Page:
TRIAL STAGES: Sentence and Punishment:  Multiplicity for Sentencing


United States v. Dillon, 61 M.J. 221 (Congress may authorize the imposition of cumulative punishments for criminal offenses occurring in the same act and the double jeopardy clause is not implicated so long as each statutory violation requires proof of an element or fact which the other does not; in this case, the Government proved two independent facts, that is, the use of two drugs; cumulative sentences may be imposed for simultaneous possession of different drugs; cumulative sentences are upheld because evidence sustaining one specification would not have proved the second, and vice versa; when the drugs are different, evidence sustaining one specification can surely not be regarded as sustaining the other).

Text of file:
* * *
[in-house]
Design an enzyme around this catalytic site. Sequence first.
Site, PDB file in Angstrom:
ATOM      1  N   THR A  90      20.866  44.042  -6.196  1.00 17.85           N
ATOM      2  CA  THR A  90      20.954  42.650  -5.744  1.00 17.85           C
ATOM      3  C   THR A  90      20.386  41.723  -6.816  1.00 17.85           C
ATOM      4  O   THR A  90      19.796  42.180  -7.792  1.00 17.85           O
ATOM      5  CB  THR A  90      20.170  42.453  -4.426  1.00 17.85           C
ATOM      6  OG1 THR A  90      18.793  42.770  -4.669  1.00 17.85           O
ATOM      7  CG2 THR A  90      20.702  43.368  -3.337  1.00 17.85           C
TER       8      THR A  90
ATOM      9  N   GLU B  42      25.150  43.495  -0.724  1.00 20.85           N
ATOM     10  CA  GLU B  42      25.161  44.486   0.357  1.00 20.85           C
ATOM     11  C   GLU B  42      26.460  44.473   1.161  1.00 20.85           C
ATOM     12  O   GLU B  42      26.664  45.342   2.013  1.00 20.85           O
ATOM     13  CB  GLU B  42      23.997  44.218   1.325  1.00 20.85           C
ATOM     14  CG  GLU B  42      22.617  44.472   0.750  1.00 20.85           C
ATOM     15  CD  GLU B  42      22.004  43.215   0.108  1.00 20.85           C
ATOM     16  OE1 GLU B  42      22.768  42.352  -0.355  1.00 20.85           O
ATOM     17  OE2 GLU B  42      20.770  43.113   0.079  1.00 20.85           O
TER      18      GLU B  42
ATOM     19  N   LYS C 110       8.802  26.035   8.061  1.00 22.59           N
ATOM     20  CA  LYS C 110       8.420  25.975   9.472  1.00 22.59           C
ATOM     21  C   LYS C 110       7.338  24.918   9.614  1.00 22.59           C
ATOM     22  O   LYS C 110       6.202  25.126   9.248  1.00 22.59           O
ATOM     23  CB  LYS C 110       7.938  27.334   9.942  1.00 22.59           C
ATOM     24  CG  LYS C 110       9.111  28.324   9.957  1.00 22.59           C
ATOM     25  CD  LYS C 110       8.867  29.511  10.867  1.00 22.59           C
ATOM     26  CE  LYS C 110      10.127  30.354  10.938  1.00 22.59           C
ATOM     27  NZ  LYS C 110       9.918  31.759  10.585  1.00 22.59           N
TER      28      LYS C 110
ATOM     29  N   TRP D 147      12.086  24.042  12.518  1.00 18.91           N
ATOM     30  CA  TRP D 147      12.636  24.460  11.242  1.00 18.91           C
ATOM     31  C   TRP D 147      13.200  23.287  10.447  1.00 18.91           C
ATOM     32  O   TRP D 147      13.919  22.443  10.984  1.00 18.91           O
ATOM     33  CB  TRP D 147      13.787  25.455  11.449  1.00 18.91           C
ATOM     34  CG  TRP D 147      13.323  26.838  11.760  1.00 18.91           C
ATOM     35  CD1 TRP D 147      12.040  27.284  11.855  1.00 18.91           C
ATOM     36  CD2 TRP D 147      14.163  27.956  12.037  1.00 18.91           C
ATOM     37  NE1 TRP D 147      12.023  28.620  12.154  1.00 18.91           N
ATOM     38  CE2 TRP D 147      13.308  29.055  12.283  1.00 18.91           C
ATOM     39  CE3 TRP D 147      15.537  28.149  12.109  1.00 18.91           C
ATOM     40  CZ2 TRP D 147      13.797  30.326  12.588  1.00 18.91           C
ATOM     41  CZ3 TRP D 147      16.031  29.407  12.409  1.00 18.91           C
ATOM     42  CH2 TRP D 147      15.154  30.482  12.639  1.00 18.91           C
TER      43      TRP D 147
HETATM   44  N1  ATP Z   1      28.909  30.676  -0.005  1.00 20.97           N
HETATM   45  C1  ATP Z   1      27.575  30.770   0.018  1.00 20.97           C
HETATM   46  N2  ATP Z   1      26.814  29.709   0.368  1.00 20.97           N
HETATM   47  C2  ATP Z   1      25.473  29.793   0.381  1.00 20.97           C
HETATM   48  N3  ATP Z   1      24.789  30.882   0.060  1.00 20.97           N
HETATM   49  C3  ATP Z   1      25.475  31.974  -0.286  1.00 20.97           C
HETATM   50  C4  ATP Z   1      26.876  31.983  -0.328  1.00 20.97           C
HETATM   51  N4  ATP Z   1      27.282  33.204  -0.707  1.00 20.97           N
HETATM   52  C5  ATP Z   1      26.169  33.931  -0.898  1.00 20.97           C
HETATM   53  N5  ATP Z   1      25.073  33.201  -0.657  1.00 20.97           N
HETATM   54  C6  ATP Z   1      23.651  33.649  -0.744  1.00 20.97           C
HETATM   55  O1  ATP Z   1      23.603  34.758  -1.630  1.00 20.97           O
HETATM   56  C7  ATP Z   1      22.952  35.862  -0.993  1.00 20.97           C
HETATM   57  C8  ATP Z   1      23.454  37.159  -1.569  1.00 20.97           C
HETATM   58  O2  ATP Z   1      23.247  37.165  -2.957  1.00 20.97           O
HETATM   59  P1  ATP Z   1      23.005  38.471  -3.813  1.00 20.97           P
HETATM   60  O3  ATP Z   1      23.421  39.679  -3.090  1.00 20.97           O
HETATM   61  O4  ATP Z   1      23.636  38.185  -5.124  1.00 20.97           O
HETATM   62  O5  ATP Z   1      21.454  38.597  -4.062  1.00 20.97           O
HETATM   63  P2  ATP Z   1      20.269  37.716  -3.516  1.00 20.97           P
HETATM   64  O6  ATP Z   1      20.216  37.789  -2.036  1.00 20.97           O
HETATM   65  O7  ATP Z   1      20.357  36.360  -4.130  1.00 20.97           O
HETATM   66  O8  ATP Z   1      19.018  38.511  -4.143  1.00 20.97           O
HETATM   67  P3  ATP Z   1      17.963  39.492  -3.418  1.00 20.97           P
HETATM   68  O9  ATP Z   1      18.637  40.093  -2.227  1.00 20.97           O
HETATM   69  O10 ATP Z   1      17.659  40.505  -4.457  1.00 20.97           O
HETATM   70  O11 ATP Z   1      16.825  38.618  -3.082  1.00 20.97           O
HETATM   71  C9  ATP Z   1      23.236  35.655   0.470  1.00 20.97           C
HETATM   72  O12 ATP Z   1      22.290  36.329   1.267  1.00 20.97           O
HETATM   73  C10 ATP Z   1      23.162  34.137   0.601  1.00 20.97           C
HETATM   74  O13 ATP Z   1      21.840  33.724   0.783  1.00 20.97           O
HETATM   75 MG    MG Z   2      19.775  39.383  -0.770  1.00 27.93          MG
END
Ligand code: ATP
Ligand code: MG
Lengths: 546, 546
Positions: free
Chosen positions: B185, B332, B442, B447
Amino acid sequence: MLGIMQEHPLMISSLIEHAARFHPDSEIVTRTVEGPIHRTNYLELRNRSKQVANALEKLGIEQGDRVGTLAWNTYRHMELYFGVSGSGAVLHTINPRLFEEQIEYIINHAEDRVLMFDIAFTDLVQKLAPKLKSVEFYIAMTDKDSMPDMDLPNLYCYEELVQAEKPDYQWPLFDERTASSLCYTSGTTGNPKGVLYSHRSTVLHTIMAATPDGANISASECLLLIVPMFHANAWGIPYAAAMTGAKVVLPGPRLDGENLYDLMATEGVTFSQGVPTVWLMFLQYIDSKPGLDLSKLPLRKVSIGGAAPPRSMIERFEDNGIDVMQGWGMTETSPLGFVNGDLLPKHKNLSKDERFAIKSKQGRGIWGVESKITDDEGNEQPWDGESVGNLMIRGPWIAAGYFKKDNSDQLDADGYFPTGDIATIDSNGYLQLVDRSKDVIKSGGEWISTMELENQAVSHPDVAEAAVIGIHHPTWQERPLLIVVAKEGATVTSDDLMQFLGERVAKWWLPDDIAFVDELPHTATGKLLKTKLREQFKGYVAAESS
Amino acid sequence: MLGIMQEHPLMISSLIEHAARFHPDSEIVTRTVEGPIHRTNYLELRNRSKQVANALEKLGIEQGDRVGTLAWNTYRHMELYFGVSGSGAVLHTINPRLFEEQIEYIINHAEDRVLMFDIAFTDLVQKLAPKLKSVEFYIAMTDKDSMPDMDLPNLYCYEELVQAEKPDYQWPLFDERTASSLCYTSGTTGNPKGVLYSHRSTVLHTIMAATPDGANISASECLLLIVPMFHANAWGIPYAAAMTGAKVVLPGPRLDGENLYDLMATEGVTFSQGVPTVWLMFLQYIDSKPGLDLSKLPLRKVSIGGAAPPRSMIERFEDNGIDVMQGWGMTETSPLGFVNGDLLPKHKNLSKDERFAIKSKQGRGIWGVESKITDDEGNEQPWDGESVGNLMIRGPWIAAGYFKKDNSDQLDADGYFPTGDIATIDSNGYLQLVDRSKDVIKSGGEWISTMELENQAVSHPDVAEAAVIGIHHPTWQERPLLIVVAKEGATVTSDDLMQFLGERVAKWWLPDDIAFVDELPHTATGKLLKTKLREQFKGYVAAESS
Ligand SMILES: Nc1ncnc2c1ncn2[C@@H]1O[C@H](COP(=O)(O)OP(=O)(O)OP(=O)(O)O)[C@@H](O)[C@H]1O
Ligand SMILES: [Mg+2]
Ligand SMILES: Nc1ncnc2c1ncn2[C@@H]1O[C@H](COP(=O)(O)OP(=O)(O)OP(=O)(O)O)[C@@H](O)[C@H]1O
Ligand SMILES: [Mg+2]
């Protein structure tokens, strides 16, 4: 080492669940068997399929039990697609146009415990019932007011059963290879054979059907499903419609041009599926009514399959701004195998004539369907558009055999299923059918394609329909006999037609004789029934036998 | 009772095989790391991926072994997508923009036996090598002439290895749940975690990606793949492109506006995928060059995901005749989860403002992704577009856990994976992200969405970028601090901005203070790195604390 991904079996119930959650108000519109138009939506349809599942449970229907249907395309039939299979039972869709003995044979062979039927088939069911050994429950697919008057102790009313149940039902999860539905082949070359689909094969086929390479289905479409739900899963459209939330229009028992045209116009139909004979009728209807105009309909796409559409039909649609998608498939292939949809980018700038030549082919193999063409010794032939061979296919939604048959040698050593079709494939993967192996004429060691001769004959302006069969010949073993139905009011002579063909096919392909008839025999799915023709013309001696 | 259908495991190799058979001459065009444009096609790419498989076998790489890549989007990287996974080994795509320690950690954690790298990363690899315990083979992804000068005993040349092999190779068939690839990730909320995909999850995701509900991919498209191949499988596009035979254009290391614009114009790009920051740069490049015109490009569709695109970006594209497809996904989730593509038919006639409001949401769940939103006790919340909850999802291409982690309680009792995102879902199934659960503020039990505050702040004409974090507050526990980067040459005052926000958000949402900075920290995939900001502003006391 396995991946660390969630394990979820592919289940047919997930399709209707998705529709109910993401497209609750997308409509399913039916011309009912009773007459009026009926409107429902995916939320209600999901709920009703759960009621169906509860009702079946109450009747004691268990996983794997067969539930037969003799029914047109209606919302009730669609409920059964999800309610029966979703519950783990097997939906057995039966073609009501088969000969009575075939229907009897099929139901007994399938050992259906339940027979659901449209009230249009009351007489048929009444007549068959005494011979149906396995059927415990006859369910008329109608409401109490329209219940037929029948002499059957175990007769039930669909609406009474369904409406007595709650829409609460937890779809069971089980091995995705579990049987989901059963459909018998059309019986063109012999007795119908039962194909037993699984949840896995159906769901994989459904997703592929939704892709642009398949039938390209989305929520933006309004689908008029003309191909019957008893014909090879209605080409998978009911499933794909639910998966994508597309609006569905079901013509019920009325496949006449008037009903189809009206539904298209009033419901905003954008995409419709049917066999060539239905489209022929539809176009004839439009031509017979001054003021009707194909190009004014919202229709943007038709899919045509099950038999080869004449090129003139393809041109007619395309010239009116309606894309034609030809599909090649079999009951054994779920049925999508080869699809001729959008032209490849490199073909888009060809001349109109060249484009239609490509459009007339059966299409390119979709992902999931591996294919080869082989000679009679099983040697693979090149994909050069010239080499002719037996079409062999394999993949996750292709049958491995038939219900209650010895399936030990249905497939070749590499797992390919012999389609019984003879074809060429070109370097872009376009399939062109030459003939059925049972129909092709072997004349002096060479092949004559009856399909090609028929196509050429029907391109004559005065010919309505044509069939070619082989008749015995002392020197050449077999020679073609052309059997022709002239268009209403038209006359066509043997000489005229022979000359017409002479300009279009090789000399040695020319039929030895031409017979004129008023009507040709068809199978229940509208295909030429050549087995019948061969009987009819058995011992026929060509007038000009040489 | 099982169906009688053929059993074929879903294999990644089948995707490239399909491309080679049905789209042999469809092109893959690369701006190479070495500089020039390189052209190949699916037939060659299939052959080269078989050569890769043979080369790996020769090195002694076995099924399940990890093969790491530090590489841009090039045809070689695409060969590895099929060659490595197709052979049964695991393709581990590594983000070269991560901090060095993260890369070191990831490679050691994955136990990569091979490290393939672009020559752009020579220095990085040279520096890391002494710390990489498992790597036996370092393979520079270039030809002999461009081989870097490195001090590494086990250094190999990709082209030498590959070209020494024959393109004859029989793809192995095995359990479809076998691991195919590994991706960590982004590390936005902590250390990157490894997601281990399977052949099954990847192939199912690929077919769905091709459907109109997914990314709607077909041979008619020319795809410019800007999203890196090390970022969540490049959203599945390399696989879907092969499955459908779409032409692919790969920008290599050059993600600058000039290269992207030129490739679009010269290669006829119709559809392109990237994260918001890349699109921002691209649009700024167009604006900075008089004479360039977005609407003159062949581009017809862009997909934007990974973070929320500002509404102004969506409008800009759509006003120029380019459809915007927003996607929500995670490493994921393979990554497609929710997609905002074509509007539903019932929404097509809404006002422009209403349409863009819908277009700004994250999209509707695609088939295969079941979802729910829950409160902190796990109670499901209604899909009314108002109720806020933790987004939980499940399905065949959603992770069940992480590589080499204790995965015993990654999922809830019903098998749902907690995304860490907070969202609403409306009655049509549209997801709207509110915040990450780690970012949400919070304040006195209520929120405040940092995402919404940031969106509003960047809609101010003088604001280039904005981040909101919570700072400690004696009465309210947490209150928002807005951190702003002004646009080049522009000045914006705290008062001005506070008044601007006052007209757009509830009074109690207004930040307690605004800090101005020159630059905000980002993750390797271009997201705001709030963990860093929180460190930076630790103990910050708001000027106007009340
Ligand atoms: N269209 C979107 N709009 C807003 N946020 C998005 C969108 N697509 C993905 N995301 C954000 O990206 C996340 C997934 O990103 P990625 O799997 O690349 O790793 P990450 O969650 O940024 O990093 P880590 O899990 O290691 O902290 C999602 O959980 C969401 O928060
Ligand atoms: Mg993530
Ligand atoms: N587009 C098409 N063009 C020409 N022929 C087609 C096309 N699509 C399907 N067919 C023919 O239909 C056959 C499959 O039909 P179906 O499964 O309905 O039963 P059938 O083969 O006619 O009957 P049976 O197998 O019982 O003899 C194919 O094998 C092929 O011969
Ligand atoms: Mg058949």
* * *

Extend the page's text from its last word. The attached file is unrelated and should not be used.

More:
(reading the statutory words “a controlled substance” as meaning “all controlled substances possessed simultaneously” would greatly restrict judges and their sentencing capacity; in a case involving simultaneous possession of a large number of different drugs, the trial judge would be limited in sentencing to the punishment set by statute for possession of only one drug; this would hardly allow the judge to tailor the penalty to fit the seriousness of the offense; the conduct that Congress prohibited is the use of two controlled substances at the same time and place; there are two distinct statutory provisions prohibiting the two different substances; because each drug may involve different producers and distributors they should be treated separately).  

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